Tip for built-to-last quilts: sewing one final seam

Quilting 101: sewing one final quilt seam

What a wonderful feeling it is to finish a quilt top! Whether the next step is to quilt it yourself or to send it out for professional quilting, it’s important to make sure your top is as sturdy as can be to withstand all the quilting ahead.

Little Red Layer Cake quilt
“Little Red” Layer Cake quilt by Carrie Nelson

What does Carrie Nelson, best-selling author of Schnibbles Times Two and Another Bite of Schnibbles, do to her quilt tops for an extra dose of durability? Her final step adds strength, cuts down on stretching, and guarantees that pieced borders won’t come undone.

Who doesn’t want stronger quilts that will last through years of use? Learn Carrie’s simple technique below—make it the last thing you do on all of your quilt tops too!

Plan C small quiltBuilt-to-last quilts: sewing one final seam

From Schnibbles Times Two by Carrie Nelson

I always do one last thing before my quilt top is truly finished and ready to be quilted. I always stay stitch around the outer edge of the quilt top, stitching about ⅛" from the edge. This helps keep the edges from stretching and also prevents seams on my pieced borders from separating.

Most of the quilters I’ve worked with say it helps, especially if you’re planning to have your quilt top professionally machine quilted.

Now you know Carrie’s secret for stronger quilts. But do you know what a schnibble is?

McGuffey quilt
“McGuffey” schnibble quilt

A schnibble is simply a scrap, a small piece of cloth, or a leftover bit of fabric. In Schnibbles Times Two, Carrie first shows you how to create beautiful quilts with Layer Cakes (10″ squares):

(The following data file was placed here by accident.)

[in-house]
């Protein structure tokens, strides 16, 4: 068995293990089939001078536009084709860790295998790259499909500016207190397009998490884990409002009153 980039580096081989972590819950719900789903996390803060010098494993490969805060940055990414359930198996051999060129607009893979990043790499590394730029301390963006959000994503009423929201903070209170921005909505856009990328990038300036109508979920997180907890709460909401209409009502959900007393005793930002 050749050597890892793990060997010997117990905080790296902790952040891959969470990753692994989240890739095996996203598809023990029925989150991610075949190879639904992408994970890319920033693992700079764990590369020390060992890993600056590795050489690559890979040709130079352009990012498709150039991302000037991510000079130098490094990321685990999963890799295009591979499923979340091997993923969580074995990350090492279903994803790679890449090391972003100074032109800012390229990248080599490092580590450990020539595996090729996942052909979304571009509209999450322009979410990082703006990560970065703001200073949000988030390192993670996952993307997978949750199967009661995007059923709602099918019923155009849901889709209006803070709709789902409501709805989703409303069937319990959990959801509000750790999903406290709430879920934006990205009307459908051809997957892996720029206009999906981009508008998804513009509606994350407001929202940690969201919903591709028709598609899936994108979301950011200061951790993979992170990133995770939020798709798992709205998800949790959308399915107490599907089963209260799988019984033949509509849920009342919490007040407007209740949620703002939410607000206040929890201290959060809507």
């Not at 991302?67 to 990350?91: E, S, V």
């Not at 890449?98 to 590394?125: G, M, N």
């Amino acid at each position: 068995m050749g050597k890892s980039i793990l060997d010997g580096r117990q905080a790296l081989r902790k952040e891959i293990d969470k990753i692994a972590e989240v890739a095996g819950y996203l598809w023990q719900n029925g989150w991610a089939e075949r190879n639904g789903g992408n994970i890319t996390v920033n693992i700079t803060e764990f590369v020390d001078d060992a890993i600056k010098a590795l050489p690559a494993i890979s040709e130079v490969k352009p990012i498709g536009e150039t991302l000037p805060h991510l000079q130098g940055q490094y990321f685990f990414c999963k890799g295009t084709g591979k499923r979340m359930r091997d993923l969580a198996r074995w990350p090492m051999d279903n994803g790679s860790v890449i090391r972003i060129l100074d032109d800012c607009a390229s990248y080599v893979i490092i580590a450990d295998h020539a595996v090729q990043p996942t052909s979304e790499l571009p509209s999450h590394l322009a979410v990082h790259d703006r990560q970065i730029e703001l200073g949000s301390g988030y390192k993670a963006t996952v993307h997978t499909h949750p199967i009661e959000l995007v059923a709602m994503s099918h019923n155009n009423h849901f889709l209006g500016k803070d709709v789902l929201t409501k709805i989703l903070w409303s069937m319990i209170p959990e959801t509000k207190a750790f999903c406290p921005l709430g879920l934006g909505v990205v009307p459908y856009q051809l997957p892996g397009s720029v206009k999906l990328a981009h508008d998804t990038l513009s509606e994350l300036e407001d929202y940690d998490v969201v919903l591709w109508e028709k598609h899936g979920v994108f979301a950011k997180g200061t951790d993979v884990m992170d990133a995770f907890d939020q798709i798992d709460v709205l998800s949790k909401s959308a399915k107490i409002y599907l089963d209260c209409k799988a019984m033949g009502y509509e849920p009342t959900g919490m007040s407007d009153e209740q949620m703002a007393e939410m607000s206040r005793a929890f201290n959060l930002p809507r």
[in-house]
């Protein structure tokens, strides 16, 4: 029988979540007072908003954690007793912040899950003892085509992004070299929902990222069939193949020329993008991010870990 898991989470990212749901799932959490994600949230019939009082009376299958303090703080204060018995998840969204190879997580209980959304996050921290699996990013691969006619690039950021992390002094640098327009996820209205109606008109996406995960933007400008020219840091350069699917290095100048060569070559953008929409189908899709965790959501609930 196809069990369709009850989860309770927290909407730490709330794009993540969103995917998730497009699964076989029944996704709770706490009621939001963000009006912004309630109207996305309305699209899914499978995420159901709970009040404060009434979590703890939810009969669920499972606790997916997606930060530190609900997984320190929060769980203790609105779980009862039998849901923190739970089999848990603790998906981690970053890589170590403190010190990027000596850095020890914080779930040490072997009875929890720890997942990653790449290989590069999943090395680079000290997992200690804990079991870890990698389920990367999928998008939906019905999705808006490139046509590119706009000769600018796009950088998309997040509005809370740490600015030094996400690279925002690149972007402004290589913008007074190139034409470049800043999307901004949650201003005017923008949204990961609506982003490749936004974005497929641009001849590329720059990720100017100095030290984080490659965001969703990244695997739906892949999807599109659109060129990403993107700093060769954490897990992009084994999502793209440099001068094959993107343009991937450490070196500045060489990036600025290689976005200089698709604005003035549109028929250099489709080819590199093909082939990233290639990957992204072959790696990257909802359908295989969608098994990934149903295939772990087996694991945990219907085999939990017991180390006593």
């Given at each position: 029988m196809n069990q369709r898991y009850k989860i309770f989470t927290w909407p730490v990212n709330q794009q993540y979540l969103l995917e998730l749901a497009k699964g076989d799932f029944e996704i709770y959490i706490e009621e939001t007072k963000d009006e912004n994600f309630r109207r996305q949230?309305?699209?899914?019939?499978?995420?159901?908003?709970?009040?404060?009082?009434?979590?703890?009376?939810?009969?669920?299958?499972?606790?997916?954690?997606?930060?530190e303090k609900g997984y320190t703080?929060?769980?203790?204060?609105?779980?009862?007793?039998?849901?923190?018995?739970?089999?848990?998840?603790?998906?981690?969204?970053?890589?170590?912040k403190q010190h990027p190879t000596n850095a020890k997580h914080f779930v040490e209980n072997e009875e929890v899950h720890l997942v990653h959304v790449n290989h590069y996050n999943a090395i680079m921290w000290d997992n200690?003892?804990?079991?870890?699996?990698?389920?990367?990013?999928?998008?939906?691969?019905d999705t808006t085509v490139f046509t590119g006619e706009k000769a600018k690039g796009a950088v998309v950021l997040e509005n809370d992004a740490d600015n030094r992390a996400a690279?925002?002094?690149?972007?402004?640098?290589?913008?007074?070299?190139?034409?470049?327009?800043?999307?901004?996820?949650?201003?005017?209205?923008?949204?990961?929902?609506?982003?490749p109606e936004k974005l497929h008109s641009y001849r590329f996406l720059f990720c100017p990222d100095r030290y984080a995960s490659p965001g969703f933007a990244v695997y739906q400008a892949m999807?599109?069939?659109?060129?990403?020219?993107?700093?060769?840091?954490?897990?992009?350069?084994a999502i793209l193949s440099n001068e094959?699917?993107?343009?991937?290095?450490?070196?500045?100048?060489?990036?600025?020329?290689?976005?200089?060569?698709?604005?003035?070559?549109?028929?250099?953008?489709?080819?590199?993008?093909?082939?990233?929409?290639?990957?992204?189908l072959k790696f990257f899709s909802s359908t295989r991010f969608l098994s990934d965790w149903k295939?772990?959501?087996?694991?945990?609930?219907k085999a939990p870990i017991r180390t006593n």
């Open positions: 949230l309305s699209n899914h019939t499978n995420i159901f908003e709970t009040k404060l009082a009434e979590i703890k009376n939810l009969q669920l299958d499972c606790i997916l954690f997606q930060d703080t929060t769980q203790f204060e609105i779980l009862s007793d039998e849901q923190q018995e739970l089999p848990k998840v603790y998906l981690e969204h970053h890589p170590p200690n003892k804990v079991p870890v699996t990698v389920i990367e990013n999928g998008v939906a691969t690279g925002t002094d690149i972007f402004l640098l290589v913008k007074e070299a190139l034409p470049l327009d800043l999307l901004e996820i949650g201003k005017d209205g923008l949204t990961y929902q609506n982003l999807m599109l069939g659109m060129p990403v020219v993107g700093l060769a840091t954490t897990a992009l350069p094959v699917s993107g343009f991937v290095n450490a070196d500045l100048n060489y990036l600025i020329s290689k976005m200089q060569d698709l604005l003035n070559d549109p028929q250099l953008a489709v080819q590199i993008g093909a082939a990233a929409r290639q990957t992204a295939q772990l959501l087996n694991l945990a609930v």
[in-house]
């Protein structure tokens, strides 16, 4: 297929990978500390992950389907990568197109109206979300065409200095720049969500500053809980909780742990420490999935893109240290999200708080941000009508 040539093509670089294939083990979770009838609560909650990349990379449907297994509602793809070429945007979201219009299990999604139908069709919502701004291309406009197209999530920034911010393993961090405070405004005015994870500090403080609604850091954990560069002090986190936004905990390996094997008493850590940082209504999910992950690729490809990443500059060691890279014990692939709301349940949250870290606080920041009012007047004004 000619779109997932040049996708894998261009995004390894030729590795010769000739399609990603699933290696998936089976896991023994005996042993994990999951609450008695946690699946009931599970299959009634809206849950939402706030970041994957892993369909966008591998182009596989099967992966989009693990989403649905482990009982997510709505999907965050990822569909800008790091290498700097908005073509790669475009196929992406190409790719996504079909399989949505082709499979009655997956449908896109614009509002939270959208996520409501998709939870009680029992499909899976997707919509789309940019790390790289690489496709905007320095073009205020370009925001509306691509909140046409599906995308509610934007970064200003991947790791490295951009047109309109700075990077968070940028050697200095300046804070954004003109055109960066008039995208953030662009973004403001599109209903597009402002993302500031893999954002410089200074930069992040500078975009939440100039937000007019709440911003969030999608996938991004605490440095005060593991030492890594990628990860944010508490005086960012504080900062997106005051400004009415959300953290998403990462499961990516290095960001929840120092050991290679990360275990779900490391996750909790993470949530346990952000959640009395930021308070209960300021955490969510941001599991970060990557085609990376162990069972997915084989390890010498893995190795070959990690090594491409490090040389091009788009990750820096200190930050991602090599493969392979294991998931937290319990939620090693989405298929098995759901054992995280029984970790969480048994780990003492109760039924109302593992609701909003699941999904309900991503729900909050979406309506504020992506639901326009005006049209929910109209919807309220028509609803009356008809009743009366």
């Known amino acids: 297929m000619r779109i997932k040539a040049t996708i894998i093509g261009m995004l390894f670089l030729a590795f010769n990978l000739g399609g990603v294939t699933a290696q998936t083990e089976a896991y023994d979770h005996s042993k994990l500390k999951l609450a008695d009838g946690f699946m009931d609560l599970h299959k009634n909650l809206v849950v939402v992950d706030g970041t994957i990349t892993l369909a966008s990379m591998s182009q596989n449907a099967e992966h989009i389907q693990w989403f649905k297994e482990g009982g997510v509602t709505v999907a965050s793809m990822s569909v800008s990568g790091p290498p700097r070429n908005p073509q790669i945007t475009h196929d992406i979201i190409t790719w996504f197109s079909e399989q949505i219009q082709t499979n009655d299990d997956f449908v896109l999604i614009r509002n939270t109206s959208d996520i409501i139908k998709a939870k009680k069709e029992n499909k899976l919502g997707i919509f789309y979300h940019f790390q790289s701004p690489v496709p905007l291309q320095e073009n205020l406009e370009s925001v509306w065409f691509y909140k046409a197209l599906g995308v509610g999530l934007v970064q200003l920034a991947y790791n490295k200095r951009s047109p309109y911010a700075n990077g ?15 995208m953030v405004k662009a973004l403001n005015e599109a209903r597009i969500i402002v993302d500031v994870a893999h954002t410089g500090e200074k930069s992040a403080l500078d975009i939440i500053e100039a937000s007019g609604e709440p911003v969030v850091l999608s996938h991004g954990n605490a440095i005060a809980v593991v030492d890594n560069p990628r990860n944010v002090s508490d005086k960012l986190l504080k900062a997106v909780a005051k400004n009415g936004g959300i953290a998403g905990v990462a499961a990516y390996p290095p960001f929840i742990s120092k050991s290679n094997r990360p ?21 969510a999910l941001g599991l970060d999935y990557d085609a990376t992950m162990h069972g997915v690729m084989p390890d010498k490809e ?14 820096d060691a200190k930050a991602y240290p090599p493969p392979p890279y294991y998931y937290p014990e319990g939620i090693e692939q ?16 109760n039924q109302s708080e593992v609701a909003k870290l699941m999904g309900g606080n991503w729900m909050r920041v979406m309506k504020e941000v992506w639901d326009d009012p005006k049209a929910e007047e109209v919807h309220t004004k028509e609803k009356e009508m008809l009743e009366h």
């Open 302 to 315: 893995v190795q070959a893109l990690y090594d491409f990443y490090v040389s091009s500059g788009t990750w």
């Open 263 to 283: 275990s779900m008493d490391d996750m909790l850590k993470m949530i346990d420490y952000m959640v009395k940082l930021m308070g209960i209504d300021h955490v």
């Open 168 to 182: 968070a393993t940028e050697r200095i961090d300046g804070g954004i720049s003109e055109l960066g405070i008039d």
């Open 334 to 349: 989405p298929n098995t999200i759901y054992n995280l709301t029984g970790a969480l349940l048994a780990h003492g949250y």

Nice Day Layer Cake quilt
“Nice Day” Layer Cake quilt from Schnibbles Times Two

Then she’ll show you show to make the same quilts in schnibble-size versions with charms (5″ squares).

Nice Day small quilt
“Nice Day” schnibble quilt from Schnibbles Times Two

Schnibbles Times TwoSee all 12 pairs of quilts in Schnibbles Times Two >
Print book (with free eBook): $26.99
eBook only: $18.99


Find even more of Carrie’s fun-to-sew quilts in her second book, Another Bite of Schnibbles:

Lincoln large and small quilts
“Lincoln” Layer Cake quilt and schnibble quilt from
Another Bite of Schnibbles

Two Percent large and small quilts
“Two Percent” Layer Cake quilt and schnibble quilt from Another Bite of Schnibbles

See more from Another Bite of Schnibbles >
Print book (with free eBook): $26.99
eBook only: $18.99

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What type of schnibbles do you own more of: the precut kind or the scrappy kind? Tell us in the comments!

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14 Comments (leave a comment)

  • Scrappy….as a relative newbie to quilting I like to stretch myself by working hard to put different fabric colors and patterns together on my own — a task that I find challenging and exciting. Also, the few things that I have made using precuts usually involves using all of it 🙂